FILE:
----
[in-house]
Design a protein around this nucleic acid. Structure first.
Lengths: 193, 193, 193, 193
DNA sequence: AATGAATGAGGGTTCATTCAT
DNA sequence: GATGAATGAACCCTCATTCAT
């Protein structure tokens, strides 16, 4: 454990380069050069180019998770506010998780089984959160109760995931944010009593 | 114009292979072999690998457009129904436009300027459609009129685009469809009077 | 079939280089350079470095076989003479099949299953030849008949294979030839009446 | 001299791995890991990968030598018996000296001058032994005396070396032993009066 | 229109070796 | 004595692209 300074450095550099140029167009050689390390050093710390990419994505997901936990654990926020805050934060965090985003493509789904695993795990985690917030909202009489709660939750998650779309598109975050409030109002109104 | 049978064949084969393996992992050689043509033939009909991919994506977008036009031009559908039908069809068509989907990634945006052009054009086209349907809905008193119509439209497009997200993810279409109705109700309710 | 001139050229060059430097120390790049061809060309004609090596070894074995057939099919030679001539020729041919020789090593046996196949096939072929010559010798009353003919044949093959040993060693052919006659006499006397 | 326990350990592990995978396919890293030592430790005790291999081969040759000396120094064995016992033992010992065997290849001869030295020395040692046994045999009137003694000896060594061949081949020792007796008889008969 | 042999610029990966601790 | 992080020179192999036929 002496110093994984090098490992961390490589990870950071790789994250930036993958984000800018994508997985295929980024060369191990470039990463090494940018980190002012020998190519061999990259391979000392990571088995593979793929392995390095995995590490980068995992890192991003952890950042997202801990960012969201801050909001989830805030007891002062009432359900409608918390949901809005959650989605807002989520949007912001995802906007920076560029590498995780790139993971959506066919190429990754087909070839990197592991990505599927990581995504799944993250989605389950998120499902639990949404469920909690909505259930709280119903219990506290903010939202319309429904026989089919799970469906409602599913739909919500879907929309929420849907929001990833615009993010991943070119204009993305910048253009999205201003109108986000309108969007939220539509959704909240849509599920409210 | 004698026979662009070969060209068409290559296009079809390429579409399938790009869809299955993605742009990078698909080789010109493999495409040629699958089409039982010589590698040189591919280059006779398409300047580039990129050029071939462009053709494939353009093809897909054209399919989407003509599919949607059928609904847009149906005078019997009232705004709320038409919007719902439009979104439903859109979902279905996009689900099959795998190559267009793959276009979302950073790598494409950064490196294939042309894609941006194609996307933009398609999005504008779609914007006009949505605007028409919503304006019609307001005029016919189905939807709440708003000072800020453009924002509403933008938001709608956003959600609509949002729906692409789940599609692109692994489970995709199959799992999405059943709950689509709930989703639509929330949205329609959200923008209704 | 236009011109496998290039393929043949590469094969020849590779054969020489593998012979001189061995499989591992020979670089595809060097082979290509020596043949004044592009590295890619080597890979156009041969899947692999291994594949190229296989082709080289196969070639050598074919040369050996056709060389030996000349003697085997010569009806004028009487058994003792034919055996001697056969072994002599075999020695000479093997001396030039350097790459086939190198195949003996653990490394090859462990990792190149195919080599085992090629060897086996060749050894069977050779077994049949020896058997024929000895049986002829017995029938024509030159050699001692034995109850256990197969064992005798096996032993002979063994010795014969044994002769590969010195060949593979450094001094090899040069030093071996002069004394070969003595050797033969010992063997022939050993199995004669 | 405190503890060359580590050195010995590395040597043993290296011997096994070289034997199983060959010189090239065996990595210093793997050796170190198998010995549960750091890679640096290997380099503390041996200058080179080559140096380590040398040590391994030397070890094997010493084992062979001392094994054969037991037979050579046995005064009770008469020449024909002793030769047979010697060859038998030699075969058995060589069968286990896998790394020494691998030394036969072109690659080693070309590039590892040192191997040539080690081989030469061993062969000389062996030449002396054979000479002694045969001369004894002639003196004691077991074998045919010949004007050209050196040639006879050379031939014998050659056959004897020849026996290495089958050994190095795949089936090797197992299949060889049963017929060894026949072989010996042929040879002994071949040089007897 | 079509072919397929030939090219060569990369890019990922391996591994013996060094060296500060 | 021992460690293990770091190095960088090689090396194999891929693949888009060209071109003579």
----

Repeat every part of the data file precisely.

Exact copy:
[in-house]
Design a protein around this nucleic acid. Structure first.
Lengths: 193, 193, 193, 193
DNA sequence: AATGAATGAGGGTTCATTCAT
DNA sequence: GATGAATGAACCCTCATTCAT
């Protein structure tokens, strides 16, 4: 454990380069050069180019998770506010998780089984959160109760995931944010009593 | 114009292979072999690998457009129904436009300027459609009129685009469809009077 | 079939280089350079470095076989003479099949299953030849008949294979030839009446 | 001299791995890991990968030598018996000296001058032994005396070396032993009066 | 229109070796 | 004595692209 300074450095550099140029167009050689390390050093710390990419994505997901936990654990926020805050934060965090985003493509789904695993795990985690917030909202009489709660939750998650779309598109975050409030109002109104 | 049978064949084969393996992992050689043509033939009909991919994506977008036009031009559908039908069809068509989907990634945006052009054009086209349907809905008193119509439209497009997200993810279409109705109700309710 | 001139050229060059430097120390790049061809060309004609090596070894074995057939099919030679001539020729041919020789090593046996196949096939072929010559010798009353003919044949093959040993060693052919006659006499006397 | 326990350990592990995978396919890293030592430790005790291999081969040759000396120094064995016992033992010992065997290849001869030295020395040692046994045999009137003694000896060594061949081949020792007796008889008969 | 042999610029990966601790 | 992080020179192999036929 002496110093994984090098490992961390490589990870950071790789994250930036993958984000800018994508997985295929980024060369191990470039990463090494940018980190002012020998190519061999990259391979000392990571088995593979793929392995390095995995590490980068995992890192991003952890950042997202801990960012969201801050909001989830805030007891002062009432359900409608918390949901809005959650989605807002989520949007912001995802906007920076560029590498995780790139993971959506066919190429990754087909070839990197592991990505599927990581995504799944993250989605389950998120499902639990949404469920909690909505259930709280119903219990506290903010939202319309429904026989089919799970469906409602599913739909919500879907929309929420849907929001990833615009993010991943070119204009993305910048253009999205201003109108986000309108969007939220539509959704909240849509599920409210 | 004698026979662009070969060209068409290559296009079809390429579409399938790009869809299955993605742009990078698909080789010109493999495409040629699958089409039982010589590698040189591919280059006779398409300047580039990129050029071939462009053709494939353009093809897909054209399919989407003509599919949607059928609904847009149906005078019997009232705004709320038409919007719902439009979104439903859109979902279905996009689900099959795998190559267009793959276009979302950073790598494409950064490196294939042309894609941006194609996307933009398609999005504008779609914007006009949505605007028409919503304006019609307001005029016919189905939807709440708003000072800020453009924002509403933008938001709608956003959600609509949002729906692409789940599609692109692994489970995709199959799992999405059943709950689509709930989703639509929330949205329609959200923008209704 | 236009011109496998290039393929043949590469094969020849590779054969020489593998012979001189061995499989591992020979670089595809060097082979290509020596043949004044592009590295890619080597890979156009041969899947692999291994594949190229296989082709080289196969070639050598074919040369050996056709060389030996000349003697085997010569009806004028009487058994003792034919055996001697056969072994002599075999020695000479093997001396030039350097790459086939190198195949003996653990490394090859462990990792190149195919080599085992090629060897086996060749050894069977050779077994049949020896058997024929000895049986002829017995029938024509030159050699001692034995109850256990197969064992005798096996032993002979063994010795014969044994002769590969010195060949593979450094001094090899040069030093071996002069004394070969003595050797033969010992063997022939050993199995004669 | 405190503890060359580590050195010995590395040597043993290296011997096994070289034997199983060959010189090239065996990595210093793997050796170190198998010995549960750091890679640096290997380099503390041996200058080179080559140096380590040398040590391994030397070890094997010493084992062979001392094994054969037991037979050579046995005064009770008469020449024909002793030769047979010697060859038998030699075969058995060589069968286990896998790394020494691998030394036969072109690659080693070309590039590892040192191997040539080690081989030469061993062969000389062996030449002396054979000479002694045969001369004894002639003196004691077991074998045919010949004007050209050196040639006879050379031939014998050659056959004897020849026996290495089958050994190095795949089936090797197992299949060889049963017929060894026949072989010996042929040879002994071949040089007897 | 079509072919397929030939090219060569990369890019990922391996591994013996060094060296500060 | 021992460690293990770091190095960088090689090396194999891929693949888009060209071109003579």